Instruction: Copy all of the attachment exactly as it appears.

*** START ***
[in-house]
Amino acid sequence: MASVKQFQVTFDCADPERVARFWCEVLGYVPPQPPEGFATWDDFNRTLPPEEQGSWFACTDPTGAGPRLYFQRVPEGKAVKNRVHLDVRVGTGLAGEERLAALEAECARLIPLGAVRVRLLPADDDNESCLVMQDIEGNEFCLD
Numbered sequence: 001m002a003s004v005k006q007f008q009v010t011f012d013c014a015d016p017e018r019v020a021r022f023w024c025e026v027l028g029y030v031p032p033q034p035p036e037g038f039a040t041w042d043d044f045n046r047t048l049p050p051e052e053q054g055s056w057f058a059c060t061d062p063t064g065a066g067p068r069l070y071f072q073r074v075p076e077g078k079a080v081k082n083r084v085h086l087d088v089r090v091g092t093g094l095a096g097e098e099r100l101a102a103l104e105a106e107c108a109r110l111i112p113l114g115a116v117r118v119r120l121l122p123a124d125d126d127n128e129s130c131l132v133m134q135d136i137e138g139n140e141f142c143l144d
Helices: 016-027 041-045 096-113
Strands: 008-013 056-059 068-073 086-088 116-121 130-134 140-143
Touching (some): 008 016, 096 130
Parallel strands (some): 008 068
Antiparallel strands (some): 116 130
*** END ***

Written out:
[in-house]
Amino acid sequence: MASVKQFQVTFDCADPERVARFWCEVLGYVPPQPPEGFATWDDFNRTLPPEEQGSWFACTDPTGAGPRLYFQRVPEGKAVKNRVHLDVRVGTGLAGEERLAALEAECARLIPLGAVRVRLLPADDDNESCLVMQDIEGNEFCLD
Numbered sequence: 001m002a003s004v005k006q007f008q009v010t011f012d013c014a015d016p017e018r019v020a021r022f023w024c025e026v027l028g029y030v031p032p033q034p035p036e037g038f039a040t041w042d043d044f045n046r047t048l049p050p051e052e053q054g055s056w057f058a059c060t061d062p063t064g065a066g067p068r069l070y071f072q073r074v075p076e077g078k079a080v081k082n083r084v085h086l087d088v089r090v091g092t093g094l095a096g097e098e099r100l101a102a103l104e105a106e107c108a109r110l111i112p113l114g115a116v117r118v119r120l121l122p123a124d125d126d127n128e129s130c131l132v133m134q135d136i137e138g139n140e141f142c143l144d
Helices: 016-027 041-045 096-113
Strands: 008-013 056-059 068-073 086-088 116-121 130-134 140-143
Touching (some): 008 016, 096 130
Parallel strands (some): 008 068
Antiparallel strands (some): 116 130